I am fascinated by the limitations, boundaries, and possibilities of mind and machine. Where do the human-like capabilities of artificial intelligence begin and end, and how far will it go?

AI is developing new skills and capabilities at the speed of light compared to the evolution of the human mind (which seems to develop at the speed of a snail).

The human mind has fascinated us since the dawn of history (probably earlier, too). To this day, we still don’t have a definite answer as to how the human mind works; can the same be said for AI?

The intelligence of AI

Intelligence is the ability to acquire and apply knowledge and skills. Intelligence is primarily associated with the brain, where cognitive functions such as learning, reasoning, problem-solving, and memory are processed. The brain is a function center—the locus of neurons that deliver pieces of information from the inner or outer world. It gathers this data and makes sense of it based on previous information, knowledge, and experiences.

I am amazed by the human brain; it has the ability to change and adapt in response to experience, learning, or injury, which is known as neuroplasticity. If part of it is damaged, the neurons will find alternate ways to function. You could almost say that dead neurons are compensated by new routes and through learning.

I am equally amazed by artificial intelligence. It has so much data that it can formulate, summarize, and conclude in an instant. You could say it has a “super brain” in comparison to ours, but even a super brain isn’t perfect, being subject to mistakes and misconceptions; nevertheless, it is easy to conclude that AI is a master of managing data and information.

The awareness of AI

Me: Do you know you have no emotions?

ChatGPT: Yes, I'm aware!

Awareness is knowing how things are, not about making sense of them. For example, humans and AI are aware of facts, lies, situations, etc., but happiness and suffering are only experienced through consciousness.

A person dreaming is not necessarily aware of it, yet they remain conscious; a deeper stage is anesthesia, which could be depicted as an artificial death that is maneuvered by a medical practitioner.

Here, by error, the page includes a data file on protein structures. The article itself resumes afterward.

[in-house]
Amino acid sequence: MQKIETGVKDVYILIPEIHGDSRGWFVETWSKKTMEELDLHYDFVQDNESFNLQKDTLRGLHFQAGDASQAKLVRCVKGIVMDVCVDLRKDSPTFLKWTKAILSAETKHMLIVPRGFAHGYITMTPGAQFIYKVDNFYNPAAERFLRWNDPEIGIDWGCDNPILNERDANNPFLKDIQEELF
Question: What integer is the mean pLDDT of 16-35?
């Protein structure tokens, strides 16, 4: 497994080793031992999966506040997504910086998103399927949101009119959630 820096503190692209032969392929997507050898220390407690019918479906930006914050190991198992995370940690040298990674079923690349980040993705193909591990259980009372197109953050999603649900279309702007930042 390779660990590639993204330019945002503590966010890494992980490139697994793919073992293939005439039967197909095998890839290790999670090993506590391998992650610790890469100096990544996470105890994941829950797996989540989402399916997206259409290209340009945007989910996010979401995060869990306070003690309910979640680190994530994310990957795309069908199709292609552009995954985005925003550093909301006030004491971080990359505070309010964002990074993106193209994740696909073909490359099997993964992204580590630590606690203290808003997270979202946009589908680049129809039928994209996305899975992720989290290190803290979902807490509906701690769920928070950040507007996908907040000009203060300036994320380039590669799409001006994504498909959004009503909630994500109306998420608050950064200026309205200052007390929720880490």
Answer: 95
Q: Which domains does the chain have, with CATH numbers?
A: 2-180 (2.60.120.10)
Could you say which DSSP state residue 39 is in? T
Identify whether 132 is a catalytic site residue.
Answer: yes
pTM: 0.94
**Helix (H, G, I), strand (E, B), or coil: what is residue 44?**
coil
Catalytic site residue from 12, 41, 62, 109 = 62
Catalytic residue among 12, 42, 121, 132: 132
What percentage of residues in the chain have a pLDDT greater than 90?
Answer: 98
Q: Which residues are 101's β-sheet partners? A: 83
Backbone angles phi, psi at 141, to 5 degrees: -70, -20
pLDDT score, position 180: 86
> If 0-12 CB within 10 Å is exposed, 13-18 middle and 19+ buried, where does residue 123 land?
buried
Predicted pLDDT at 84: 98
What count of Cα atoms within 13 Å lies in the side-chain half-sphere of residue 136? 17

Under anesthesia (if administered correctly), a person is not aware of the pain (s)he is in. In studies of human suffering, some people aren’t even aware of pain while conscious. In rare cases, when a patient is conscious of the procedure but not aware of what’s happening, (s)he can feel pain but not make sense of it. The same process of altering emotions can be achieved with other drugs and substances.

It is not clear when a human drifts from unawareness to mere consciousness and further toward unconsciousness…

AI is aware of its possibilities and limitations, but part of what makes it a machine is that it doesn’t have neurotransmitters such as serotonin, dopamine, or endorphins. These neurotransmitters give the human experience its unique flavor.

According to cognitive discipline, emotion is not experienced as a statement or an action, such as “I’m happy; therefore, I will laugh,” but it has a physiological response. Your heart rate elevates, your face feels warm, and your feet tingle.

The full scope of an emotion requires a body. Since we haven’t been able to either include neurotransmitters or organic bodies in machines, we cannot say that AI would “feel” the same as we humans do, although it is aware that such things exist.

The conscious mind of AI

ChatGPT: “I don't experience emotions or consciousness.”

Consciousness is one of the hardest topics to define, but let’s have a go at it anyway: To have consciousness is to know that one knows.